September 19, 2018
The Benioff Ocean Initiative: How Corporations Can Lead On Ocean Science
News Source: Forbes
Author(s): Priya Shukla
Marc Benioff, the CEO of Salesforce, is fond of saying that "the business of business is improving the state of the world."
While seemingly cliché, Benioff and Salesforce have put these words into action. At last week's Global Climate Action Summit, Salesforce led the Step Up Declaration, a series of commitments by several businesses (including Lyft, Cisco, and Bloomberg) to engage in actions that will greatly reduce their greenhouse gas emissions by 2020. Additionally, like the Tower that bears its name in downtown San Francisco, Salesforce aims to be entirely dependent on renewable energy by 2022.
“We believe that business is one of the greatest platforms for change. We are committed to doing our part to step up to the urgent challenge of climate change, ensure a just transition to a low carbon economy and provide a healthy future for all," said Suzanne DiBianca, the Executive Vice President of Corporate Relations and Chief Philanthropy Officer at Salesforce.
In 2016, Benioff and his wife, Lynne, donated $10 million to the University of California, Santa Barbara (UCSB) and founded the Benioff Ocean Initiative. The Benioffs were moved to make this investment in ocean science after Dr. Douglas McCauley’s research about the rapid extinction of sea life throughout the world's oceans made headlines in 2015. Benioff breached Sciencemagazine's paywall, downloaded a copy of the technical publication, and reached out to the UCSB Assistant Professor to better understand the research and begin brainstorming solutions.
When Benioff and Dr. McCauley initially met to discuss the implications of this research, Benioff asked, "What can we do about it?" and the Assistant Professor replied "that's not my job." In response, Benioff suggested that resolving the ocean's extinction crisis required each of them to expand how they defined their respective jobs. Now, as the Initiative Director, Dr. McCauley has the opportunity to tackle extinction, as well as plastic pollution and mining in the oceans.
The Benioff Ocean Initiative is unique in that it publicly crowd-sources ocean problems and then assembles a team of scientific experts and uses $1 million to resolve one of them. By seeking new project ideas every 1-2 years, the Initiative has the flexibility to expand the breadth of ocean issues they attempt to resolve; the Initiative is currently soliciting ocean issues in need of resolution.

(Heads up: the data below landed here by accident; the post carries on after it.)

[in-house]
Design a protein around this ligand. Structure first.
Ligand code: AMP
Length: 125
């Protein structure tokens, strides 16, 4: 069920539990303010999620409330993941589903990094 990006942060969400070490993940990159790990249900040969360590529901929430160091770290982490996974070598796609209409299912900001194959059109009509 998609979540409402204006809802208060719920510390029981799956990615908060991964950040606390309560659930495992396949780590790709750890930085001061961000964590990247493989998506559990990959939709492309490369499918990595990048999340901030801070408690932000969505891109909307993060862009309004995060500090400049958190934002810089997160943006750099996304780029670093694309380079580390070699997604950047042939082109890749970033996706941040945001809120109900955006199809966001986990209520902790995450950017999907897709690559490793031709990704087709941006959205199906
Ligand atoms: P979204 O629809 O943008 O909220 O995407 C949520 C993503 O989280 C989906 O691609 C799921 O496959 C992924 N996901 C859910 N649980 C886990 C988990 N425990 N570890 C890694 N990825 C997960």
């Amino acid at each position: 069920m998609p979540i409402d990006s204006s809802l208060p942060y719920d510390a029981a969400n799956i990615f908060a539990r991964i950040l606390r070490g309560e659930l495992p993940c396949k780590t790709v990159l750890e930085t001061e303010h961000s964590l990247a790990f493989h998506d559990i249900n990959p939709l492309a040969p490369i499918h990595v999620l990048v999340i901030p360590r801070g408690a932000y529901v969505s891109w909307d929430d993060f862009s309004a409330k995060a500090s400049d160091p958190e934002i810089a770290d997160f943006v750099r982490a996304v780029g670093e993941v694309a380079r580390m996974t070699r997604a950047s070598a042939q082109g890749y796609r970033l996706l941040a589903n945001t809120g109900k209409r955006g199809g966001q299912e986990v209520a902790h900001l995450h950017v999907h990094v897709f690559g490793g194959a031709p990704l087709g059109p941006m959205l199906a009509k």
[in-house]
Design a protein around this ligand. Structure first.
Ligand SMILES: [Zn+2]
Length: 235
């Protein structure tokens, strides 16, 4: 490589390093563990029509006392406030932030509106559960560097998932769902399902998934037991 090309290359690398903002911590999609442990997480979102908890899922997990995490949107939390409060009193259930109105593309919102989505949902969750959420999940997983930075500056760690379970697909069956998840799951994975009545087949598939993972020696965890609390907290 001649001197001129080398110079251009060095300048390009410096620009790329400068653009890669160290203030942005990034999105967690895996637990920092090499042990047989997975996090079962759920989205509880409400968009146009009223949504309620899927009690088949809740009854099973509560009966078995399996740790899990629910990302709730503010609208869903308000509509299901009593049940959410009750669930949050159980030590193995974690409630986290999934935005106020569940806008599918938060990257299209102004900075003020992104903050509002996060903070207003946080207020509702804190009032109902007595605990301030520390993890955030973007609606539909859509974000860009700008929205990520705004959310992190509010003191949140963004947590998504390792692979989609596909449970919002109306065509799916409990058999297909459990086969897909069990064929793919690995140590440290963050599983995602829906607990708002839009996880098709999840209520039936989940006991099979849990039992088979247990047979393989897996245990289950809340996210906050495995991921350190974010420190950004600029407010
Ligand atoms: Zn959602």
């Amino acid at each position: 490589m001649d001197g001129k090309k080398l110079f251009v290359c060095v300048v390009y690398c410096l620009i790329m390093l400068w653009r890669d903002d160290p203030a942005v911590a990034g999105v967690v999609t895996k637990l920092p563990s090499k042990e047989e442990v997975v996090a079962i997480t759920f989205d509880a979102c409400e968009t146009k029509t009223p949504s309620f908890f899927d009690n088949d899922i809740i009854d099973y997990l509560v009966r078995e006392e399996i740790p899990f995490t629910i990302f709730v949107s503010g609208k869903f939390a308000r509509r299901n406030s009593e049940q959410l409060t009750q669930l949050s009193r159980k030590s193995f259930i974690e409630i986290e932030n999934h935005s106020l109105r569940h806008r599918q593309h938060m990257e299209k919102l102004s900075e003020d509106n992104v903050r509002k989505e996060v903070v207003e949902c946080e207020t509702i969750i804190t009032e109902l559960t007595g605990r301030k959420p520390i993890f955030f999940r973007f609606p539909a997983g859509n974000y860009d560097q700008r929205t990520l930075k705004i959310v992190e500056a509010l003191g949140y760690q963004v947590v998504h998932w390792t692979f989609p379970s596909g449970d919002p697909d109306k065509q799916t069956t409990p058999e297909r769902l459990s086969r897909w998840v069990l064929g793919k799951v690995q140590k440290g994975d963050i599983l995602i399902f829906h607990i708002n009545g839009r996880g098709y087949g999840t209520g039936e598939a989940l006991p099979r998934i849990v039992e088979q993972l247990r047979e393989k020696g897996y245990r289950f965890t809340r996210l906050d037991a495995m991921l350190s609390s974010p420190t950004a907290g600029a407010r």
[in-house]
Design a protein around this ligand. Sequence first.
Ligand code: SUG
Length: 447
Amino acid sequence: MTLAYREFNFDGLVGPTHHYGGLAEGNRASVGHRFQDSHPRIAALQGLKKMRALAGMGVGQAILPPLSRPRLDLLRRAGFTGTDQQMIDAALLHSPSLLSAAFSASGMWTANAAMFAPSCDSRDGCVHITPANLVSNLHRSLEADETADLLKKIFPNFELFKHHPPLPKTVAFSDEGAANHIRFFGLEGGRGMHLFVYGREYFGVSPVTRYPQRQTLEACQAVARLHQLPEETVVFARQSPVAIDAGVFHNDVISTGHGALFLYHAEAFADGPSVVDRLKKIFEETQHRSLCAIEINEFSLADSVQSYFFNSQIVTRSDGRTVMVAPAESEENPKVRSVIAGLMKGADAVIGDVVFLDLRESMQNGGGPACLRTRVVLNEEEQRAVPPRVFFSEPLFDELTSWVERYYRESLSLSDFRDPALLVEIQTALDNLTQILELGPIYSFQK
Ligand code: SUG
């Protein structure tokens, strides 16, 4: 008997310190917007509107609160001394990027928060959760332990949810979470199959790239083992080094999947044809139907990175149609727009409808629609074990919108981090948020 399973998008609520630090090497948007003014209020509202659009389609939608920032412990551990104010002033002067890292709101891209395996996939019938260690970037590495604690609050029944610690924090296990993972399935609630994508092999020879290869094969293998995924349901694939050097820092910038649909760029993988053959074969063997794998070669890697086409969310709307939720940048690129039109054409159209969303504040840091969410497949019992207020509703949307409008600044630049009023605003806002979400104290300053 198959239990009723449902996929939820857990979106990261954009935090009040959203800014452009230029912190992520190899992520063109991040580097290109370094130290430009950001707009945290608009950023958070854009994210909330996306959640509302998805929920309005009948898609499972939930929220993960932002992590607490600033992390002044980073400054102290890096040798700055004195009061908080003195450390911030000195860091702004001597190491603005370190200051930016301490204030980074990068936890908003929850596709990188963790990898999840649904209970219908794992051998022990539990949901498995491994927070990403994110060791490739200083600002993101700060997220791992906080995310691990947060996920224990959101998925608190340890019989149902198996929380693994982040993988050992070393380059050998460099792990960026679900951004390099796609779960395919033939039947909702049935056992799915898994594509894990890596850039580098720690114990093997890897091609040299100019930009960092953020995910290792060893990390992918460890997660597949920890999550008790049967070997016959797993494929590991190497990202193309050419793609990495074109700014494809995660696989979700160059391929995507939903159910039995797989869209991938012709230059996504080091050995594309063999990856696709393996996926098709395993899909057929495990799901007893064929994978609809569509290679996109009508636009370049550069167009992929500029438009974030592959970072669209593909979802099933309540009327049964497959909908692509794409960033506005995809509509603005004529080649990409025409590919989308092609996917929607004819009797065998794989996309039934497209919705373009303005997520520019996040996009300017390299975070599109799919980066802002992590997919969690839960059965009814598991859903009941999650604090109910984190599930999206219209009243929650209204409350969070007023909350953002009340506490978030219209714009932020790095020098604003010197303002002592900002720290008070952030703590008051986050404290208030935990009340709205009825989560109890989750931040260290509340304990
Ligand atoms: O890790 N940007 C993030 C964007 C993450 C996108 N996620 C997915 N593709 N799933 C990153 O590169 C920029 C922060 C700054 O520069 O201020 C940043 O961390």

According to Dr. McCauley, partnering with the Benioffs and their corporate network provides "rapid access to creative, intellectual, and political resources that make change happen."
One example of these connections manifesting is the 2016 expansion of the Papahānaumokuākea Marine National Monument. Not only is this site culturally and spiritually important for Native Hawaiians, but it is also a hotspot of biodiversity that includes a 4,000-year-old coral. Additionally, Dr. McCauley's research indicates that large predators, such as reef sharks, rely on multiple distant habitats that may have different levels of government protections.
In recognizing the benefits of a larger marine protected area in the Northwestern Hawaiian Islands, the Initiative convened a panel of ocean conservation leaders to facilitate the expansion of the Monument and helped establish one of the largest protected areas in the world. Additionally, research within the Monument is made possible through the Papahānaumokuākea Research and Conservation Fund, which is furnished by the National Oceanic and Atmospheric Administration as well as the Benioffs.
Benioff's and Salesforce's dedication to ocean causes extends beyond their partnership with Dr. McCauley and the USCB Marine Science Institute. In addition to sponsoring a collaborative Ocean Hack earlier this month and a temporary art installation by Lindsey Millikan during the Summit that showcased the influence of climate change on ocean environments, Benioff co-authored this op-edcalling for increasing ocean exploration and conservation efforts.
"I can see the incredible changes that are happening in our oceans", said Benioff during the Summit plenary on Thursday morning, "[but] progress is possible [when we] bring all stakeholders together."